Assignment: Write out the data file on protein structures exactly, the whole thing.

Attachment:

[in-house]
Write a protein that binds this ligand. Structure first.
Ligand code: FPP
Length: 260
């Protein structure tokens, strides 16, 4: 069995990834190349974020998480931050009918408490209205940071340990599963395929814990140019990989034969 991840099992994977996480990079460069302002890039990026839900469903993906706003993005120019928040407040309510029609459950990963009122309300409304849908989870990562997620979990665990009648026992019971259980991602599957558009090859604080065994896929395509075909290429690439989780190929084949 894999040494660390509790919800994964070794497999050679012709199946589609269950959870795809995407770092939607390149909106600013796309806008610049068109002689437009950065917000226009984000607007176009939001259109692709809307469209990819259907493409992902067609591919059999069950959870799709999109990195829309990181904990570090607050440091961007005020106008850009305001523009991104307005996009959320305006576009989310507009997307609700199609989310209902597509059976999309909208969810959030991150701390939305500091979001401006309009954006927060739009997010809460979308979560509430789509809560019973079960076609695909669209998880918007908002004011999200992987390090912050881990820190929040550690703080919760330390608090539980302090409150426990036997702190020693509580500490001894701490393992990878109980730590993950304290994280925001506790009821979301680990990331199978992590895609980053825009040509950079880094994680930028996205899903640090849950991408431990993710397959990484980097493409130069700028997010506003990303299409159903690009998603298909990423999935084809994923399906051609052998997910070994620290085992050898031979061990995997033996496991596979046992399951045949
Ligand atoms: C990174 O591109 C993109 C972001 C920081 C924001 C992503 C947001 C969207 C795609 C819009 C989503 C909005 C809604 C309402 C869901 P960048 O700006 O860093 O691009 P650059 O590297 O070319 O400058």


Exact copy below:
[in-house]
Write a protein that binds this ligand. Structure first.
Ligand code: FPP
Length: 260
């Protein structure tokens, strides 16, 4: 069995990834190349974020998480931050009918408490209205940071340990599963395929814990140019990989034969 991840099992994977996480990079460069302002890039990026839900469903993906706003993005120019928040407040309510029609459950990963009122309300409304849908989870990562997620979990665990009648026992019971259980991602599957558009090859604080065994896929395509075909290429690439989780190929084949 894999040494660390509790919800994964070794497999050679012709199946589609269950959870795809995407770092939607390149909106600013796309806008610049068109002689437009950065917000226009984000607007176009939001259109692709809307469209990819259907493409992902067609591919059999069950959870799709999109990195829309990181904990570090607050440091961007005020106008850009305001523009991104307005996009959320305006576009989310507009997307609700199609989310209902597509059976999309909208969810959030991150701390939305500091979001401006309009954006927060739009997010809460979308979560509430789509809560019973079960076609695909669209998880918007908002004011999200992987390090912050881990820190929040550690703080919760330390608090539980302090409150426990036997702190020693509580500490001894701490393992990878109980730590993950304290994280925001506790009821979301680990990331199978992590895609980053825009040509950079880094994680930028996205899903640090849950991408431990993710397959990484980097493409130069700028997010506003990303299409159903690009998603298909990423999935084809994923399906051609052998997910070994620290085992050898031979061990995997033996496991596979046992399951045949
Ligand atoms: C990174 O591109 C993109 C972001 C920081 C924001 C992503 C947001 C969207 C795609 C819009 C989503 C909005 C809604 C309402 C869901 P960048 O700006 O860093 O691009 P650059 O590297 O070319 O400058």